We French don’t always realize how lucky we are to have great companies like Inalco», explains Mathematical Research Manager Etienne Bernard at Ponts et Chaussées. He is in his second year of Estonian at Inalco. “Before I learned languages ​​on my own, but persistence was hard. Inalco gives me a framework to learn in a serious and sustainable way“. In middle and high school, his LV2 and LV3 were changed to electives due to his hearing loss. “Despite this I wanted to see if I could learn a foreign language.” For Etienne, learning a language “Their structures, their ways of being in the world, separate, and it’s fun if I do say so myself!”

However, many French people choose to be self-taught. “It takes a lot of effort and determination.” Constance, who holds a master’s degree in international solidarity management, sighs. “I use the Asimil method, it’s intuitive and straight to the point. I retroplan every week.”, she explains. Its goal? “I’m going to Africa for an internship, and I don’t want to spout one-liners to the locals for three months.”. Is it difficult? “Yes, it is difficult. No one is forcing me to learn it, no one is learning it.”she adds. “It’s not the same sentence construction, it’s not the same grammar.”

» Read more – Basque, Occitan, Gascon… Why learn a regional language?

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Once started, enthusiasts of rare languages ​​are involved. Laura knows English and Spanish. “My father was Kurdish, and that definitely contributed to my desire to find something else.”. The Hungarian’s discovery was shocking. “I thought it better to completely change the grammar I was used to” She explains. So, from Hungarian to Persian, from Persian to Turkish, then he went to Japanese, Polish, Russian. Not all at once, “We run the risk of mixing everything up, so I do that from time to time.”. She laments that precision of vocabulary and subtleties of grammar are soon forgotten. “You should come more often,” She instructs. “I also did a little Sanskrit, but it was too difficult. Then I plan to learn Old Norse! I always want to learn more languages.

“Old Norse translation exercises, legends of King Harold hunting snakes, it’s so fascinating! »

About Cyprian, Old Norse.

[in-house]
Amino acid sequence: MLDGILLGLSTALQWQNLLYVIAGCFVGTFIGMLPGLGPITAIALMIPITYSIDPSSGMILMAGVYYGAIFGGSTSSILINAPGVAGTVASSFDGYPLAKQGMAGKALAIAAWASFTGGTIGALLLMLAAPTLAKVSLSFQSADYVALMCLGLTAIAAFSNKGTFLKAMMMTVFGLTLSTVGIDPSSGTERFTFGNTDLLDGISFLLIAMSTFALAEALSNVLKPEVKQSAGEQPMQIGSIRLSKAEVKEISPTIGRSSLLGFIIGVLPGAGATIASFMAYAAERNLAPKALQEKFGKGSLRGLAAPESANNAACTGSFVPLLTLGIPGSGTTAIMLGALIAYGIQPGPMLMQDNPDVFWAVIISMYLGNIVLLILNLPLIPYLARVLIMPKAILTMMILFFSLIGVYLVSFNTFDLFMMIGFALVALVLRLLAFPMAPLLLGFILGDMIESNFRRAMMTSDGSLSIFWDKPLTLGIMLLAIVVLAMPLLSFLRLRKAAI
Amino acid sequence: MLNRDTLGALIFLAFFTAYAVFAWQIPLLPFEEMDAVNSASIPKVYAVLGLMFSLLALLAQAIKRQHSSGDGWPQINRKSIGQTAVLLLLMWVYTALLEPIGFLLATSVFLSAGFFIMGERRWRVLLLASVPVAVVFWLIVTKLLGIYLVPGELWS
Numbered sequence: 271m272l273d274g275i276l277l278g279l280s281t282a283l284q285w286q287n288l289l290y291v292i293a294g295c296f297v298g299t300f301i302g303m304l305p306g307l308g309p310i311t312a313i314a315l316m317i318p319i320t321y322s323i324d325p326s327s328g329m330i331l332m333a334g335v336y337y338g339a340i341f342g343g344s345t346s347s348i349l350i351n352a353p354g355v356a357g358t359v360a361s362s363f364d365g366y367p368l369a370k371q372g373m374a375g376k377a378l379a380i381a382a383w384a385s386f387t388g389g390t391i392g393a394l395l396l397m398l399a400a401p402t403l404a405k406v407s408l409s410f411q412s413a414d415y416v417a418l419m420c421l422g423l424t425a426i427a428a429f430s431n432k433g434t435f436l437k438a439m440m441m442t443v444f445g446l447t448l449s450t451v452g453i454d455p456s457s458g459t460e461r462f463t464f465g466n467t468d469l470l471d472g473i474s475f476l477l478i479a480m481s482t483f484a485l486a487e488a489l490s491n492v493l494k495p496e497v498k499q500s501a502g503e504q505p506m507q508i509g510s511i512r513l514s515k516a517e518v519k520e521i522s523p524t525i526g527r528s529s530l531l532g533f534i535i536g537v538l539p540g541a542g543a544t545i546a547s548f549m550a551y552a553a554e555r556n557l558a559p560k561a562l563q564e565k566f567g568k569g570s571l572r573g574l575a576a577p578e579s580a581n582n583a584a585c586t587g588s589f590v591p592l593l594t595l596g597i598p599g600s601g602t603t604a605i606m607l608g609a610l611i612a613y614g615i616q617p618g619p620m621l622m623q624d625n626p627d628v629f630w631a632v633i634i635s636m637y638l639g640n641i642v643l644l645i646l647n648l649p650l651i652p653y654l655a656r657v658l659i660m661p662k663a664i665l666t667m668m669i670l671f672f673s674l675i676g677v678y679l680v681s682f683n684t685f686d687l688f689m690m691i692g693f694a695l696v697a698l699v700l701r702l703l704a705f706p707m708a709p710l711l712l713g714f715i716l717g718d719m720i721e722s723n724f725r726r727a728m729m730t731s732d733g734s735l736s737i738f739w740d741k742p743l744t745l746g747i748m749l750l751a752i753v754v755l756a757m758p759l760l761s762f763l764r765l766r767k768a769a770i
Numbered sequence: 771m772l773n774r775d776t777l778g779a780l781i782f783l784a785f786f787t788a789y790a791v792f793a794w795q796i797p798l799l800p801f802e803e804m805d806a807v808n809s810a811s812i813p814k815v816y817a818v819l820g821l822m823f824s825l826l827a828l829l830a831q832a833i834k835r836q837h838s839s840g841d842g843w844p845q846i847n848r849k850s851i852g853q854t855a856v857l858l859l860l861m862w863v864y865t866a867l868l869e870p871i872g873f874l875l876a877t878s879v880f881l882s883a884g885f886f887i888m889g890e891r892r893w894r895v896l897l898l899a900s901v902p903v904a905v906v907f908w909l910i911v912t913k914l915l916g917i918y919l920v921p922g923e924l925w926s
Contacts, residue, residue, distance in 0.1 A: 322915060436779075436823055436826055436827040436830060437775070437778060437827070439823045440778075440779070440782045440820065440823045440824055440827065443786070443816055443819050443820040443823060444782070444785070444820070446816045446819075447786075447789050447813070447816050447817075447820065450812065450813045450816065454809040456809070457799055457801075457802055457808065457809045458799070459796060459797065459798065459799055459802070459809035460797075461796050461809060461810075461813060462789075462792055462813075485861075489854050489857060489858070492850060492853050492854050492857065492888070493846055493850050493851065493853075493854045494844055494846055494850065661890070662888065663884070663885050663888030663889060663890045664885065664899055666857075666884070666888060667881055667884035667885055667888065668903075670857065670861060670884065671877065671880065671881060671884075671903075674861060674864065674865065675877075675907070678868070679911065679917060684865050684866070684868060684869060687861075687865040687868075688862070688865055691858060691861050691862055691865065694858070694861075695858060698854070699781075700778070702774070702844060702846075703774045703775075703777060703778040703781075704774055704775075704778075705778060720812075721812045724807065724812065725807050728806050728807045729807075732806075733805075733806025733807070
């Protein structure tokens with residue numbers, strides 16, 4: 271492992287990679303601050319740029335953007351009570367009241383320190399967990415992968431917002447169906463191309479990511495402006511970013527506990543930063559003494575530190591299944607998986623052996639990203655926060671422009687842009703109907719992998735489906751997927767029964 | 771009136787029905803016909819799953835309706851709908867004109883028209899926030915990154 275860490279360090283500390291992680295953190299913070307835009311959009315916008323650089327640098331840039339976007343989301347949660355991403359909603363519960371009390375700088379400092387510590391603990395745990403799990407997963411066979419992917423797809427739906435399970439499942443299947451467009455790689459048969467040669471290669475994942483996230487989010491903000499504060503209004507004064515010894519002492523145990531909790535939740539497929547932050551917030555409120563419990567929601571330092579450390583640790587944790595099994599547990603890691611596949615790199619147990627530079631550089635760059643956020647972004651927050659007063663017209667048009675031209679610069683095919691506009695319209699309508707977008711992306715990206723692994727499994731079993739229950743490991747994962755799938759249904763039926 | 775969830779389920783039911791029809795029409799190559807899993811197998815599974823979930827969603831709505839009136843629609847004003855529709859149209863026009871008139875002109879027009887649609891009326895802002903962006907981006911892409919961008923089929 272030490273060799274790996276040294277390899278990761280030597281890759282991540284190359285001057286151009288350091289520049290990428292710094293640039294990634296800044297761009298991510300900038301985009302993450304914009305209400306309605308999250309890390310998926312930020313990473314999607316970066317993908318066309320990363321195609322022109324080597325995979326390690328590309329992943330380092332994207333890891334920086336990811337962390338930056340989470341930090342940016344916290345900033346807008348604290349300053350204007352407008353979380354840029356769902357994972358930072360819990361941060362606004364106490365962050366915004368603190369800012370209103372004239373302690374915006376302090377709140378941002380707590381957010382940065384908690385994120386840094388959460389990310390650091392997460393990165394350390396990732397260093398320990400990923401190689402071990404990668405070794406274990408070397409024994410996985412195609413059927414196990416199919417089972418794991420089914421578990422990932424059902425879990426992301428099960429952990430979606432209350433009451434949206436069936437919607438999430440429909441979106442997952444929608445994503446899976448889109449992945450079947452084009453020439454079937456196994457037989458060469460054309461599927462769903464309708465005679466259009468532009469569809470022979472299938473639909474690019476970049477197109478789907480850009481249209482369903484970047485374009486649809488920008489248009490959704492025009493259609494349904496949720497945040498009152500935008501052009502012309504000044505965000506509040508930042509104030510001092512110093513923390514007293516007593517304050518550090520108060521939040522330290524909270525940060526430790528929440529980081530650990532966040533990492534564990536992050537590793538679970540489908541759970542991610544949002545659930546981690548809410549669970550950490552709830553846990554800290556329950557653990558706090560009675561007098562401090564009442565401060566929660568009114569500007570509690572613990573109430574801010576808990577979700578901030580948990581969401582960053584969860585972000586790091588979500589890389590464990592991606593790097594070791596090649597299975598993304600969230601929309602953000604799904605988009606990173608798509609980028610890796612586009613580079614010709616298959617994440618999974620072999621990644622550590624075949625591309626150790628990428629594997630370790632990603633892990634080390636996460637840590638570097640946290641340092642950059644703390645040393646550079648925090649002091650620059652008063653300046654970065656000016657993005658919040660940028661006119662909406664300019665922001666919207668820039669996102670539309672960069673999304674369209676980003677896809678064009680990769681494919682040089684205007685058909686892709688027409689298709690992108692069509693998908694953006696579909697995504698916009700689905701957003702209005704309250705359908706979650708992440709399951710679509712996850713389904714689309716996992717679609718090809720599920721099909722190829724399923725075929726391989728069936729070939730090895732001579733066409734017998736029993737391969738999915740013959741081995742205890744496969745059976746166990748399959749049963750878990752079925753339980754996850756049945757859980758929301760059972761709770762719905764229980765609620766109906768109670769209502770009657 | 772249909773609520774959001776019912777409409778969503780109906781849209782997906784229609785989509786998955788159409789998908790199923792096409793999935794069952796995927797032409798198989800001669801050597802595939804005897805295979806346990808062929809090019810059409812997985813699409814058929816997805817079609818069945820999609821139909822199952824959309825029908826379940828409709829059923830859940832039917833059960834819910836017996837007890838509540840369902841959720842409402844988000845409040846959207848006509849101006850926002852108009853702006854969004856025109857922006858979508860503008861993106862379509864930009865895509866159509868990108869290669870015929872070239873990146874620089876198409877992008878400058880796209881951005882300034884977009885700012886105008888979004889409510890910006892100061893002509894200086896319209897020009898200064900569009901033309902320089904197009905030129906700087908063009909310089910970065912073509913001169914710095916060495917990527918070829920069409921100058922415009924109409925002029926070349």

Speakers breathe new life into these rare languages, much to the delight of the locals. Laurent learned Hindi and Urdu and worked in India for two years. “When Indians see that a foreigner has made an effort to learn their language and take an interest in their culture, they are very emotional.” He explains. In France there are hardly any French people who can speak Swahili, Khmer and Hindi. Selin started learning Khmer in the 2000s, when there was no Unicode, or computer alphabet, for the language. “My first text message in Khmer was in 2007 or 2008! To communicate with a Khmer speaker, you had to send them an attached file. If it wasn’t the same font, you ended up with Mickey’s size 32”.. For 25 years, the Khmers could not write in their own language, but in Cantonese, Asian English. According to UNESCO, a language disappears every two weeks.

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But some choose to resurrect them. Cyprian studied Old Norse in the third grade, self-taught. It is the language of the Vikings, an ancient Scandinavian variety that Tolkien was particularly drawn to: “It was the name of the language that attracted me. The origins of an archaic language, the heroes, are very legendary“. No challengeDiscover how we can learn the language, not just learning it!“. For example, you have to do it on the Internet with grammars that are no longer published.”The new 2023 handbook has not been delivered to us! Above all he was attracted by the originality of the themes covered for learning the language. “I’m fed up with Spanish exercises on business, gender equality” He laughs. “Old Norse translation exercises legends of King Harold hunting snakes, it’s so fascinating!”